Memory B cells (MBCs) can respond to heterologous antigens either by molding new specificities through secondary germinal centers (GCs) or by selecting preexisting clones without further affinity maturation. To distinguish these mechanisms in flavivirus infections and immunizations, we studied recall responses to envelope protein domain III (DIII). Conditional deletion of activation-induced cytidine deaminase (AID) between heterologous challenges of West Nile, Japanese encephalitis, Zika, and dengue viruses did not affect recall responses. DIII-specific MBCs were contained mostly within the plasma-cell-biased CD80(+) subset, and few GCs arose following heterologous boosters, demonstrating that recall responses are confined by preexisting clonal diversity. Measurement of monoclonal antibody (mAb) binding affinity to DIII proteins, timed AID deletion, single-cell RNA sequencing, and lineage tracing experiments point to selection of relatively low-affinity MBCs as a mechanism to promote diversity. Engineering immunogens to avoid this MBC diversity may facilitate flavivirus-type-specific vaccines with minimized potential for infection enhancement.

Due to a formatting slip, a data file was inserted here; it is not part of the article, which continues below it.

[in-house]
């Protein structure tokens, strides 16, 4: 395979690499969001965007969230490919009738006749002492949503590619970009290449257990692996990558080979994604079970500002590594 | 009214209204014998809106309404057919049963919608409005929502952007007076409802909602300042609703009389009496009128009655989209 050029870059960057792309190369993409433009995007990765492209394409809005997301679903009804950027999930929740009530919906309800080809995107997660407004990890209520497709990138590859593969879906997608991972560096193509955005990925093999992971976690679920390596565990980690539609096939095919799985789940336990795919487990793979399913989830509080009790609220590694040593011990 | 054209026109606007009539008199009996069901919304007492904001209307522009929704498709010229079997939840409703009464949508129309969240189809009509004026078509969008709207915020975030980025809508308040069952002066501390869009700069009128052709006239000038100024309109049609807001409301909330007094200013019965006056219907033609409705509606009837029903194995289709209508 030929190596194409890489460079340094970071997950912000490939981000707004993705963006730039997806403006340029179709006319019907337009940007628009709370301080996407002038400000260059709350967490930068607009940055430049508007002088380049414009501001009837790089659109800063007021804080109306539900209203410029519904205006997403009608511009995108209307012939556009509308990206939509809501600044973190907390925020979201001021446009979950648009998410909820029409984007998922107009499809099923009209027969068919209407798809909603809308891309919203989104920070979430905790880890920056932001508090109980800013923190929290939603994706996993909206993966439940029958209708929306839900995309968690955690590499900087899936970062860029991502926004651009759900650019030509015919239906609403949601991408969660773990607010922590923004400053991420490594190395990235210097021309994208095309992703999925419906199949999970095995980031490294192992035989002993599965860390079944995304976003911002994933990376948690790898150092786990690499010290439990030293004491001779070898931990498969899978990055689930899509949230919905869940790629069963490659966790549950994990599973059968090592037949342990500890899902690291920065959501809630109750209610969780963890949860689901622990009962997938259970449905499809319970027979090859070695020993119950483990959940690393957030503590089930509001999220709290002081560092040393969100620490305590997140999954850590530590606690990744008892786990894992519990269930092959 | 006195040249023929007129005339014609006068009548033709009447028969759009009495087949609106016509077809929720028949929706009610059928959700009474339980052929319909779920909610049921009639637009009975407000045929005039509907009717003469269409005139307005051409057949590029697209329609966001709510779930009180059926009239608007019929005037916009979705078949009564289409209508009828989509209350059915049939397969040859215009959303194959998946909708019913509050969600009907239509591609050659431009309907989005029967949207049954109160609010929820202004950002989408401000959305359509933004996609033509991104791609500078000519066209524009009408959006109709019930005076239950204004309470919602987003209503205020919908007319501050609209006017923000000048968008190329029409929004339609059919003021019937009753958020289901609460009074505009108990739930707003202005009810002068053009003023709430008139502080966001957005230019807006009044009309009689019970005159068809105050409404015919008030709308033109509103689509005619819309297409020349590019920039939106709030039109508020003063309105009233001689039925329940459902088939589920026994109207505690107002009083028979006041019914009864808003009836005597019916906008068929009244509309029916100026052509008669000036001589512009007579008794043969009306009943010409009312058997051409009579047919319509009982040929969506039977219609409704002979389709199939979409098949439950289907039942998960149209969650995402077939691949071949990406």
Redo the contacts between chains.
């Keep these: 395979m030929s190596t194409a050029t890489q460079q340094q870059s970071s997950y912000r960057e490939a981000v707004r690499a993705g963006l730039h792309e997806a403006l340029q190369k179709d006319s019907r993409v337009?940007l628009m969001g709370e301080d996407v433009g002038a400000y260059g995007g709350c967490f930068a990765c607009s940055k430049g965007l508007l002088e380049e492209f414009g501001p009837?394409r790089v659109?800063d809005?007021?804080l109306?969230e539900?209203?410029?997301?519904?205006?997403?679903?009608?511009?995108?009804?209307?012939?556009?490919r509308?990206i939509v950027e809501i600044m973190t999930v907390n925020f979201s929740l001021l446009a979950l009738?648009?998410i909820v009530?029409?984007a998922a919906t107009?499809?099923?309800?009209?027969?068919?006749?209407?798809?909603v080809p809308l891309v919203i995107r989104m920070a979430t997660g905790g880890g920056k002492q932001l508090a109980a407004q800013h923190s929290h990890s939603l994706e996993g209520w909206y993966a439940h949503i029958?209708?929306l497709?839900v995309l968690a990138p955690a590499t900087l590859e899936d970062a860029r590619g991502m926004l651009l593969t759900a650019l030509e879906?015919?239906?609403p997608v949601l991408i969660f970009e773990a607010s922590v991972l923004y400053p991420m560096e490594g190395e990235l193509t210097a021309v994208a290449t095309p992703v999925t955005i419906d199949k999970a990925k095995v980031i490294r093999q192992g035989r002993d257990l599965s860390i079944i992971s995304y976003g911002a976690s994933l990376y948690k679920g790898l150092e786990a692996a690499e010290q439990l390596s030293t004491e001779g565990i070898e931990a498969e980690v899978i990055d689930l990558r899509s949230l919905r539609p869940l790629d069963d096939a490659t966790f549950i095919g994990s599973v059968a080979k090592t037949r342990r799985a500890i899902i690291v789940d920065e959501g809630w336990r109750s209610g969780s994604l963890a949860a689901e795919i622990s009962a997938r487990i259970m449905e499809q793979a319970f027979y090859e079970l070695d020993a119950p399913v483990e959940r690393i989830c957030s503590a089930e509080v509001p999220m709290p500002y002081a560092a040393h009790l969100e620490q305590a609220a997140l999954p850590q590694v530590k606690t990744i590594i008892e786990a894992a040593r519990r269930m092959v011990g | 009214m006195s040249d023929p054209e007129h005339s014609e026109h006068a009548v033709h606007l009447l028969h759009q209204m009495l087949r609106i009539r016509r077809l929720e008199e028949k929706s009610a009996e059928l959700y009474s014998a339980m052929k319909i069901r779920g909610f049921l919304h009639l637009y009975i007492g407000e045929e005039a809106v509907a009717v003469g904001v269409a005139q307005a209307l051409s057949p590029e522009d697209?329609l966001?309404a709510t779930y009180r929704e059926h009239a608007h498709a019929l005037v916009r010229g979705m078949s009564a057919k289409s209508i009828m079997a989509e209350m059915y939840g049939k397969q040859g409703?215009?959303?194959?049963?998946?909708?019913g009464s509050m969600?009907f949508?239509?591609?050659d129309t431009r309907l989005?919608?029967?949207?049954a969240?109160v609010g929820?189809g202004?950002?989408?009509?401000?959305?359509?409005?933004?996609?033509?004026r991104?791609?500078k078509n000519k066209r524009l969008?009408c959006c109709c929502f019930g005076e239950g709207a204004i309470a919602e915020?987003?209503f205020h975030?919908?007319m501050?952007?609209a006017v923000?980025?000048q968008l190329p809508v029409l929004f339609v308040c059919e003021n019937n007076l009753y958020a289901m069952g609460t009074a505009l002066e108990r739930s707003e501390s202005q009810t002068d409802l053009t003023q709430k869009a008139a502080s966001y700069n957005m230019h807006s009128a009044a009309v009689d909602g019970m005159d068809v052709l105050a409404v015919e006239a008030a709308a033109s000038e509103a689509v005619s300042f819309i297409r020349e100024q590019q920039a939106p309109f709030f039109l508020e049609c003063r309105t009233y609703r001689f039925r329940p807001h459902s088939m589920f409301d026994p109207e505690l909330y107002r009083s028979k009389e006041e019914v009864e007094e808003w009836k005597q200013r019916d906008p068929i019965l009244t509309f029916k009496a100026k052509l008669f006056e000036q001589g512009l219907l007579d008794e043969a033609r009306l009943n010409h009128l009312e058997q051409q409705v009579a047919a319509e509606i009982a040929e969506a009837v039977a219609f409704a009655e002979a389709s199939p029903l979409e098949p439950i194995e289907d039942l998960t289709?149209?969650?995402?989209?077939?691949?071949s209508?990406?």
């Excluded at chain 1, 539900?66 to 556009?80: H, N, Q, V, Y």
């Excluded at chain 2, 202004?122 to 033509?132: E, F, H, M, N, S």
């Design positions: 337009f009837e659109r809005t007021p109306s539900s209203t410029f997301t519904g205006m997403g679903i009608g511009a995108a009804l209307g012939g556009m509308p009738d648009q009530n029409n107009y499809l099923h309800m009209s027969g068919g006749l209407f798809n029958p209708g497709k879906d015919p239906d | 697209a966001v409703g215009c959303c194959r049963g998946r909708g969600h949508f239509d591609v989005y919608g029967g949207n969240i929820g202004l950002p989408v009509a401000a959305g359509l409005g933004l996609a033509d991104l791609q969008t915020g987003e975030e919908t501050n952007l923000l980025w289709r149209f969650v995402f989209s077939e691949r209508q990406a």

in vitro erythrocyte negative selection
Diaz-Salazar, C. and J. C. Sun. (2020). "Coordinated Viral Control by Cytotoxic Lymphocytes Ensures Optimal Adaptive NK Cell Responses" Cell Rep 32(12): 108186. PubMed